JACKSONVILLE – Let's get to it …
Tim from Ciciora:
Winning IS important in preseason, but winning means different things to different people. Winning, for the fans, is the scoreboard at the end of the game. Winning for the players is earning a roster spot, a starting spot, or seeing all of the pieces come together to form the big picture. Winning for the coaches is seeing the right scenarios on the field where they can evaluate players' potential. The Giants threw a lot of pressure at our second-team offensive line and at Henne. You can't ask for a better scenario from either coach's standpoint. That's trial by fire!
John: You're right that winning in the preseason has different definitions for different people. I think many people – fans included – understand that the score at the end of game is maybe the least important of those definitions, though I suppose there are those who disagree. Maybe the most important definition you left out is how the starters and front-line players fare as a group. On that front, the Jaguars have played pretty well in the preseason and certainly have shown improvement and progress. That's particularly true offensively, and that's the biggest reason for optimism after two preseason games.
Sean from Fleming Island, FL:
What is the difference between strong side and weak side? Is the strong side the end where the tight end lines up?
John: Generally speaking, yes.
Section 404 from Flawda:
Minimal plays and I try not to get too excited about preseason, but Jared Odrick can sure move for a big guy and he seems like he can go through offensive tackles as well. Good to have him back!
John: I try to temper enthusiasm over preseason, too, but I don't think there's anything wrong with being optimistic about Jared Odrick. He was a first-wave, high-priority unrestricted free agent for a reason and his athleticism, power and ability at strong-side defensive end is apparent.
John from Albany, GA:
I found Bradley's comment that Luke Bowanko was the sixth-best lineman interesting. How do you interpret that comment: Bowanko is a really good player who lost to a wily veteran or Cann (who per Bradley is NOT the 6th best OL) has been slow in developing?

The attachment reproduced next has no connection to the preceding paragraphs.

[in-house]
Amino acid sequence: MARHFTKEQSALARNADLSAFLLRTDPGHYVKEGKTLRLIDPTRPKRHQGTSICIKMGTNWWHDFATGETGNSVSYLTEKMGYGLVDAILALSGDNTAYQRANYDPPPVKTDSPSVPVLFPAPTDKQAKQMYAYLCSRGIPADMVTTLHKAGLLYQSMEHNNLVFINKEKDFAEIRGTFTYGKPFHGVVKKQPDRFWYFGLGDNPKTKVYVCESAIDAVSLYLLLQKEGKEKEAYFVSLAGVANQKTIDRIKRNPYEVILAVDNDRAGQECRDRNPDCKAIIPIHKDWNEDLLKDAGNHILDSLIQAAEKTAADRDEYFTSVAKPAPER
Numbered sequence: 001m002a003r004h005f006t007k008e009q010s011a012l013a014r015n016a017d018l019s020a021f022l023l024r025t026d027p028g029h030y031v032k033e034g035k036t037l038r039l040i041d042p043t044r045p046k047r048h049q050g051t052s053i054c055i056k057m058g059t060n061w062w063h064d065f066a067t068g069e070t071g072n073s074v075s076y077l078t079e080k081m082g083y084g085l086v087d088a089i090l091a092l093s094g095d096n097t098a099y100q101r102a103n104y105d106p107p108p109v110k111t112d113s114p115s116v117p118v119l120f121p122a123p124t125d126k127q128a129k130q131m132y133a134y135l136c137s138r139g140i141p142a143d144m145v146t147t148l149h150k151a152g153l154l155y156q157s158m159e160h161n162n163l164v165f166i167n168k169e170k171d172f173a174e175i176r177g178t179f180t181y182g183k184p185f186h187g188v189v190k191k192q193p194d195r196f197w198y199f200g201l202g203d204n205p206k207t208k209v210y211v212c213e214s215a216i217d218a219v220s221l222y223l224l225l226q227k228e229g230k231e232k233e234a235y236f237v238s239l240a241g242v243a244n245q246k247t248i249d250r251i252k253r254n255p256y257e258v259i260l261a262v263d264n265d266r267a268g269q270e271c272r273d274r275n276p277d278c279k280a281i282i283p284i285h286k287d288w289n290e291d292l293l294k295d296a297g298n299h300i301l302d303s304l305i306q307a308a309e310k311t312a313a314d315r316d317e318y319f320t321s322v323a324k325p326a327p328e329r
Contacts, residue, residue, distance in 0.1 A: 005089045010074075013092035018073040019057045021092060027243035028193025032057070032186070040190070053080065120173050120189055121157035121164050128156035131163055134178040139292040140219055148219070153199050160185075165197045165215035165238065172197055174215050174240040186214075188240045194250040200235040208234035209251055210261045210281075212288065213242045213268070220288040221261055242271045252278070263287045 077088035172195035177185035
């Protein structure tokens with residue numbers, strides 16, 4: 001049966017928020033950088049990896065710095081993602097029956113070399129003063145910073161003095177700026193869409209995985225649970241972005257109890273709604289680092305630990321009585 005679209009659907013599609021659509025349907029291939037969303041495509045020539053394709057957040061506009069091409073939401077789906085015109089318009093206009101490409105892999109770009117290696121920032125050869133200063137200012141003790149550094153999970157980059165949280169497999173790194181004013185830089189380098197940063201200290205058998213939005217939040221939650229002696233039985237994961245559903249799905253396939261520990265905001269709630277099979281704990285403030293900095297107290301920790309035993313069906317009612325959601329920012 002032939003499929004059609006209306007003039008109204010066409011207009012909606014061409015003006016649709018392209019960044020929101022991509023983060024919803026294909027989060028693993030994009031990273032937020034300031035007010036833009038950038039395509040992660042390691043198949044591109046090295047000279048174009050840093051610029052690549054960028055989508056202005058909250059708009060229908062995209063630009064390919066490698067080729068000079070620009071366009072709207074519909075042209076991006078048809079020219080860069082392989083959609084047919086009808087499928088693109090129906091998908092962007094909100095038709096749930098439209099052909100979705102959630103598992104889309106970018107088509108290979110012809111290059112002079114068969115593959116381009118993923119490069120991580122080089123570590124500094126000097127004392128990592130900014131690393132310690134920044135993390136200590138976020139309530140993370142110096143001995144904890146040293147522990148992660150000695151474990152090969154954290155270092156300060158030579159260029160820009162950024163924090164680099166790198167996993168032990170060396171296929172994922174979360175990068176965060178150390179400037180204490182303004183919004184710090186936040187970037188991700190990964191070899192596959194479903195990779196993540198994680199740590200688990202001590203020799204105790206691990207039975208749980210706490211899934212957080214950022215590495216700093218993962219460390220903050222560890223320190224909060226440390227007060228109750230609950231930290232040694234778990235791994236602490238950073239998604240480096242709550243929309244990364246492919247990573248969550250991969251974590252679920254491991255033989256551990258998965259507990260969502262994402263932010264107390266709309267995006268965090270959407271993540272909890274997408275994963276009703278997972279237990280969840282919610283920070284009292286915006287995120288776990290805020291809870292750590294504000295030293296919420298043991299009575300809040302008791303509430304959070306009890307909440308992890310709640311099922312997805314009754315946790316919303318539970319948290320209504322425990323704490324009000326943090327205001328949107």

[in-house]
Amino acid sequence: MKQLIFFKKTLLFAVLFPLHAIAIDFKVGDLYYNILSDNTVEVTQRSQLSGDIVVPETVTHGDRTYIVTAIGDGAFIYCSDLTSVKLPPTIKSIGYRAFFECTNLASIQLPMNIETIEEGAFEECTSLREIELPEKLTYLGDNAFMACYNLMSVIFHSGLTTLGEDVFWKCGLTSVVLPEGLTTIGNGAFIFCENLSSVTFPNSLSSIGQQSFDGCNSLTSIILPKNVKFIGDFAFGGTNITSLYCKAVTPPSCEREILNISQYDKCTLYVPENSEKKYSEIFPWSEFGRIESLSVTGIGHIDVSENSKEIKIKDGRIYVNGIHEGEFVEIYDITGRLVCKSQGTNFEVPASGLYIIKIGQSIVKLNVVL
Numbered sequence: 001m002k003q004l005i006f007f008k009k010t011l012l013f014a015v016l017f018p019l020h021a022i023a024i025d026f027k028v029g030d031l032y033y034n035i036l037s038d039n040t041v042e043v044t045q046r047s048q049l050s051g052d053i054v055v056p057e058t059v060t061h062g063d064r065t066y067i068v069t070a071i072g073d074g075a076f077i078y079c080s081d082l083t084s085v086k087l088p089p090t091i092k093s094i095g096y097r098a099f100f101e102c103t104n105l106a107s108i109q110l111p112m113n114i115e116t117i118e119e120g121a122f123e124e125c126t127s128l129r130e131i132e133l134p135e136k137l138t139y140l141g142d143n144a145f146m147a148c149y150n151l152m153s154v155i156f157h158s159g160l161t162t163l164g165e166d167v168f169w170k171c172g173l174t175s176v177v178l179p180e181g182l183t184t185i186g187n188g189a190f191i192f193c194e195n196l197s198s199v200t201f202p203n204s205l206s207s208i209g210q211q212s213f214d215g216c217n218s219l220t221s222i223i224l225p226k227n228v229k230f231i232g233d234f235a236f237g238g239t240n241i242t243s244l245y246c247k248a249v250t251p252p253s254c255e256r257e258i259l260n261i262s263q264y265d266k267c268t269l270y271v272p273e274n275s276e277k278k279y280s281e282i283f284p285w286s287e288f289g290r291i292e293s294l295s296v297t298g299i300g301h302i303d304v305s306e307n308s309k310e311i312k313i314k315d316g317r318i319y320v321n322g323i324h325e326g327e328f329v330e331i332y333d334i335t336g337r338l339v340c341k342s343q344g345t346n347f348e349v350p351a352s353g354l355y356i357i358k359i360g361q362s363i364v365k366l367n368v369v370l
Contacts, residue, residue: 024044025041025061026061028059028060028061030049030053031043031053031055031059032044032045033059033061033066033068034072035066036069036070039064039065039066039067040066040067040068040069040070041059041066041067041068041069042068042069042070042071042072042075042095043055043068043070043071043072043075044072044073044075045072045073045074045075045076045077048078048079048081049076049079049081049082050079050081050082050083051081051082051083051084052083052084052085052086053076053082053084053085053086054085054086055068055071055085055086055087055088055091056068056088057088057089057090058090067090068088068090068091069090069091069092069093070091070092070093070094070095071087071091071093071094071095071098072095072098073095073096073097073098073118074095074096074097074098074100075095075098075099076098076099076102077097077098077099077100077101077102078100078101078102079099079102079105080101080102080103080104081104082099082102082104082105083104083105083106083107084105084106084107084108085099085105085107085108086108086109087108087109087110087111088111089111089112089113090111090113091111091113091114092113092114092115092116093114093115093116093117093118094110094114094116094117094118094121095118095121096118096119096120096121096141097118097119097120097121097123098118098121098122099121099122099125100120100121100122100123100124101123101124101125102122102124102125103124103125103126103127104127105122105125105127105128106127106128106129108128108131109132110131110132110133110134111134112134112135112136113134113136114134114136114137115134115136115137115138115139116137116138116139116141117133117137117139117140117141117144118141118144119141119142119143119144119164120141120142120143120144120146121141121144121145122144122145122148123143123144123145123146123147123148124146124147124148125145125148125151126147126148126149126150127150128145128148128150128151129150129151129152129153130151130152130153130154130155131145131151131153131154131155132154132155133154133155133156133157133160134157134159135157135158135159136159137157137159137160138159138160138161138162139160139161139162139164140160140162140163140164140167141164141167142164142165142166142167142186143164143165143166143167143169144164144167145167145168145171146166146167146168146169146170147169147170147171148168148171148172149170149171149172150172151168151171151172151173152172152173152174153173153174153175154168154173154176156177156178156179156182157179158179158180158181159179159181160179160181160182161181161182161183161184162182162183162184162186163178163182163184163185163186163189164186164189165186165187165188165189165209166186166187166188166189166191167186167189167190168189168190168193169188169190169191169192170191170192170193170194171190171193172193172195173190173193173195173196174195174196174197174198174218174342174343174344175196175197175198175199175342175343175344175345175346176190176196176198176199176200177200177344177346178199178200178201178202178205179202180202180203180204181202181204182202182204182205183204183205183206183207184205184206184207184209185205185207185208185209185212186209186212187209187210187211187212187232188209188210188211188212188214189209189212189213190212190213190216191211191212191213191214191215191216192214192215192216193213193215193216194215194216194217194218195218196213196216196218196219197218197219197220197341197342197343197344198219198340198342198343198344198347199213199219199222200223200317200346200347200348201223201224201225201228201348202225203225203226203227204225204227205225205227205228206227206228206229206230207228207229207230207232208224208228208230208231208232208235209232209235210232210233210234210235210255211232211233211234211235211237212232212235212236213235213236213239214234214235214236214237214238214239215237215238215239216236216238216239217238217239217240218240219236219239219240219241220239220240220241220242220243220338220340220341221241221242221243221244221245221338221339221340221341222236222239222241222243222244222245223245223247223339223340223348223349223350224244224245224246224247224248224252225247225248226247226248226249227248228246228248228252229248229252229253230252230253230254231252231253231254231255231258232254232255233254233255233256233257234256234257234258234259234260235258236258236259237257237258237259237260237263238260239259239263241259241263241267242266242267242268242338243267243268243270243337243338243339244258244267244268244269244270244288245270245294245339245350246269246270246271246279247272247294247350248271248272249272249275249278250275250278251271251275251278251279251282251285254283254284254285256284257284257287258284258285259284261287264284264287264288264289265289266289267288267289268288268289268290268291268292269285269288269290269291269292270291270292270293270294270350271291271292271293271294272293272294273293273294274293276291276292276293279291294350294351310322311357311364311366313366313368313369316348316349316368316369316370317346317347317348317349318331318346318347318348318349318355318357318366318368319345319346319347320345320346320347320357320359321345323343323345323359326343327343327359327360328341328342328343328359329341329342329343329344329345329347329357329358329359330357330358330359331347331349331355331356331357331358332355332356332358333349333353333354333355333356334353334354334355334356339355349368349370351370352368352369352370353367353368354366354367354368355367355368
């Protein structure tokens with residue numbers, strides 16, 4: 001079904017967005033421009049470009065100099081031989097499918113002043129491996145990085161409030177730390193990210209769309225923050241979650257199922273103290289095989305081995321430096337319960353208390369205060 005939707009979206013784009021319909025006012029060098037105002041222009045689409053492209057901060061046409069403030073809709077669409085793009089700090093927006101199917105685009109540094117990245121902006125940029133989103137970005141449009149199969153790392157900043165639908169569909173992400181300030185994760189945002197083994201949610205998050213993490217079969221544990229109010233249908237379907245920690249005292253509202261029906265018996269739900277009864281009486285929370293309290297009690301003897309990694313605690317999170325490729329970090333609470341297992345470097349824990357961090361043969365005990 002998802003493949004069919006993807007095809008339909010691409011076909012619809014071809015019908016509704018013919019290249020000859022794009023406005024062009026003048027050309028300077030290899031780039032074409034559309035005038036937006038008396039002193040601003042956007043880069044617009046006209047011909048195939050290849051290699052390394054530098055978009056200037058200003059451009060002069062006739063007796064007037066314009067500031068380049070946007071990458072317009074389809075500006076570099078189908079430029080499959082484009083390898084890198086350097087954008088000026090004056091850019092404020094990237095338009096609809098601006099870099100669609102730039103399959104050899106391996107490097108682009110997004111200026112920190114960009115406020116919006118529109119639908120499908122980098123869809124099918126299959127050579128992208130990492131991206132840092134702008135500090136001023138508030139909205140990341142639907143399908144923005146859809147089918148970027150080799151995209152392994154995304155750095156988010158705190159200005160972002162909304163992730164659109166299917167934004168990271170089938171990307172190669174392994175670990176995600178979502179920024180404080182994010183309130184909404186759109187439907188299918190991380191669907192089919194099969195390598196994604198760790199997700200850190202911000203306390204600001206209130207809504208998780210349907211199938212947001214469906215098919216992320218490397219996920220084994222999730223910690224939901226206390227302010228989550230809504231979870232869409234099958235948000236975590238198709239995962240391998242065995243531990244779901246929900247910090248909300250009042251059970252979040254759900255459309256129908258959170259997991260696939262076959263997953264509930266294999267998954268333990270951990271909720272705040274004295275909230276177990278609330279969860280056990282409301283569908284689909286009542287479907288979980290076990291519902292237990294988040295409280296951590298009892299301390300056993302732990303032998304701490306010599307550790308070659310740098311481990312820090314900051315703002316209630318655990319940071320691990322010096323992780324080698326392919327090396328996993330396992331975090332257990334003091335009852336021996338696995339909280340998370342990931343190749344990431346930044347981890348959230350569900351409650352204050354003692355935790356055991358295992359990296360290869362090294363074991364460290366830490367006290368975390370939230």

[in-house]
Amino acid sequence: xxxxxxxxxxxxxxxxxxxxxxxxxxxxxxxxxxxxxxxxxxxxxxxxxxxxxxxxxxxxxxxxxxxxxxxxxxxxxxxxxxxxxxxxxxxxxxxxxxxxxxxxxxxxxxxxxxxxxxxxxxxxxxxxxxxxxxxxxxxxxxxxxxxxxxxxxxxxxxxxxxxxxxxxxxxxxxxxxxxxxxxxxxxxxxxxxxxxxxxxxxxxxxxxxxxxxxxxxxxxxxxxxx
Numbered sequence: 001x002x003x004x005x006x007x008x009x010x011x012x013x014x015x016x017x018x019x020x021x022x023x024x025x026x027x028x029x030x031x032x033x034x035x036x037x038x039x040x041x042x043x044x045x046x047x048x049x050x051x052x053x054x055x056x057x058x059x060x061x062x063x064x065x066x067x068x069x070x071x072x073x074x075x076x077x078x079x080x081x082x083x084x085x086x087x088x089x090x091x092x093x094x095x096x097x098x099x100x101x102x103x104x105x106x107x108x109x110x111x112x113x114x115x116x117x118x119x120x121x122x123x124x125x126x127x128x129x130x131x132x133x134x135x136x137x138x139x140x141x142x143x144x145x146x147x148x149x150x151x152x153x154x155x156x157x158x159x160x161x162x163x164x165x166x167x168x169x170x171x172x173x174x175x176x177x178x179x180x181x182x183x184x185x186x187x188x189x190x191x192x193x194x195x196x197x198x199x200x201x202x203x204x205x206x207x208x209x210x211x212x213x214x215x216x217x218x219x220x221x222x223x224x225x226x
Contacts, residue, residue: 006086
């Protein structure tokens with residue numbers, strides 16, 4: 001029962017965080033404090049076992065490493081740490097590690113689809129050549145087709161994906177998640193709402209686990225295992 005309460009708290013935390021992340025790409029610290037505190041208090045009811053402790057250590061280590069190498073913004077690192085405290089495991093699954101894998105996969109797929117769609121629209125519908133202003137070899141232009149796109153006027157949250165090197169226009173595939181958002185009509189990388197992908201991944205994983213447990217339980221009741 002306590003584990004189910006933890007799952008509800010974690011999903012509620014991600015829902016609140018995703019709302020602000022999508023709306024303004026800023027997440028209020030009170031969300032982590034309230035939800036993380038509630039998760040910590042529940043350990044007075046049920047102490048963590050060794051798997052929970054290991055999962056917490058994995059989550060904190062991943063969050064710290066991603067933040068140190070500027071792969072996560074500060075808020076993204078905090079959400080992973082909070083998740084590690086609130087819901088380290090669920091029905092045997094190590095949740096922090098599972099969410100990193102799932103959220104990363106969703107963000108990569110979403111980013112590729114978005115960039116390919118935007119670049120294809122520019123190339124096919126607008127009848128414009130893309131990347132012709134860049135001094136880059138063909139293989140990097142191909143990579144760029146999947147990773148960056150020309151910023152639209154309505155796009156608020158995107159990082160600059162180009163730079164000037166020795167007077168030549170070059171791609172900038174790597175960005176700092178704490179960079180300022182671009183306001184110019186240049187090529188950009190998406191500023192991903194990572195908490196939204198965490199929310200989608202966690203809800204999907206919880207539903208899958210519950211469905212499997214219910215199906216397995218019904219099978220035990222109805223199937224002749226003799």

John: I interpreted as I wouldn't have expected to hear much different. Wisniewski is an NFL-caliber starting center and Bowanko started 14 games last season. The Jaguars like Bowanko a lot and the difference between him and Wisniewski was pretty minimal. That means in the Jaguars' eyes Bowanko is very definitely an NFL-caliber starting player. That doesn't have anything to do with Cann. The Jaguars like his potential a lot, but he indeed is a rookie and in the ideal world, third-round rookies don't have to start immediately.
Jason from Jacksonville:
In reading your response to Stu yesterday, I started thinking about red-zone scores. What is the chance that we are playing red-zone opportunities in a very vanilla fashion during preseason as not to tip our hat? I ask because it seemed like we heard a lot during training camp that red-zone scoring was markedly improved. Just a thought.
John: Teams certainly aren't going to show their entire playbook in the preseason, but remember: the red-zone worries became a "thing" in the wake of the second preseason game, during which the Jaguars' first-team offense drove for three field goals on three drives. Would it have been nice for the offense to have converted those opportunities into touchdowns? Sure. Would Julius Thomas, T.J. Yeldon and Marqise Lee make a difference there? Perhaps. Are three series a large enough sample size to determine that the Jaguars have a "red-zone issue?" Yeah, probably not.
Jim from Jacksonville:
I've always believed winning and losing lies mostly in those five guys up front. We have a strong, nasty, aggressive offensive line with quality backups now. Am I dreaming? Nothing can stop us now!!!
John: You're not dreaming, though an argument could be made that you're perhaps a weeeeeeeeeeeeeee bit overzealous. The Jaguars' offensive line indeed looks improved, and as I wrote Monday, there appears a lot to like about the depth. Is this an unstoppable machine? Well, let's get a few more games in before we say that.
Chris from Section 437:
I'm surprised by all the Henne bashing. From what I have seen it doesn't look like he has had much time to throw behind that backup line.